But they are complex policies. Many problems can arise in their implementation and can hinder the full realization of these objectives. Particular attention must be paid to the design process and implementation in order to ensure the success of these policies.
What are the next steps in further studying and refining school grant policies?
Candy Lugaz: Research is currently taking place in four French-speaking countries (Haiti, the Democratic Republic of Congo, Togo and Madagascar), in collaboration with the Global Partnership for Education, as part of the Global and Regional Activities Programme. A policy seminar will be organized during the summer of 2016 to discuss the results of this research. We will publish several products, including a comparative analysis of policies developed in the four countries, national reports and guidance notes in different formats to meet the information needs on this issue for different audiences (decision makers, technical and financial partners, administrators, researchers, schools and the community at large). We are also finalizing a film on this subject, which will illustrate in another media, the rich lessons from this research and disseminate it to a wider audience.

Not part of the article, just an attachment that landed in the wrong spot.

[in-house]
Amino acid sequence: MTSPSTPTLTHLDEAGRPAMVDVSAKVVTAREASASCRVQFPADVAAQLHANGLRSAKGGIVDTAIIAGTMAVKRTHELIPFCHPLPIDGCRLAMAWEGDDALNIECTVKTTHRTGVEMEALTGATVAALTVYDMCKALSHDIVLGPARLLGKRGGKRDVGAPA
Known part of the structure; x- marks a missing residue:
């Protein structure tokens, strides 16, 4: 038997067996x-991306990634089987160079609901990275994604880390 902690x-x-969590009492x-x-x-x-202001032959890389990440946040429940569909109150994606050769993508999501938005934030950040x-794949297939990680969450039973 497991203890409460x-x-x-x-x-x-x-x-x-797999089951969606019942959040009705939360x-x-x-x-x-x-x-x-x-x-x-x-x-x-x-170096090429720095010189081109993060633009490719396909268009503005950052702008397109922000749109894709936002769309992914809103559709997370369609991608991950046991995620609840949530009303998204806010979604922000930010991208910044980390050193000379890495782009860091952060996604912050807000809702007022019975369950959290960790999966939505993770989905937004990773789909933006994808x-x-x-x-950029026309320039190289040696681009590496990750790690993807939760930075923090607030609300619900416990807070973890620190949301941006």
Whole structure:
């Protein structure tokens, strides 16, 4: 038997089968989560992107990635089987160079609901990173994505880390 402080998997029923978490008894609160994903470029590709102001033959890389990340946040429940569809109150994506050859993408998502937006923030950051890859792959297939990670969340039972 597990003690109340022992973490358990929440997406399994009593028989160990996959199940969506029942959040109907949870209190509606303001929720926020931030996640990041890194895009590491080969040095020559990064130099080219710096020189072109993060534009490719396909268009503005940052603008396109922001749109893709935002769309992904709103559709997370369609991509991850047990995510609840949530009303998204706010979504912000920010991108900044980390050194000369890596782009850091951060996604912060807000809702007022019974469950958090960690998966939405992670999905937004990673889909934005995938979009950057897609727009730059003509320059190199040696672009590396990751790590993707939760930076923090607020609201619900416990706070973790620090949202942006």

Furthermore, we are preparing a technical guide for the ministries of education and development partners, which identifies, based on the results of extensive research conducted over the past six years, the key points to consider to ensure success when designing, implementing and reforming school grant policies.
View Candy Lugaz's presentation from CIES 2016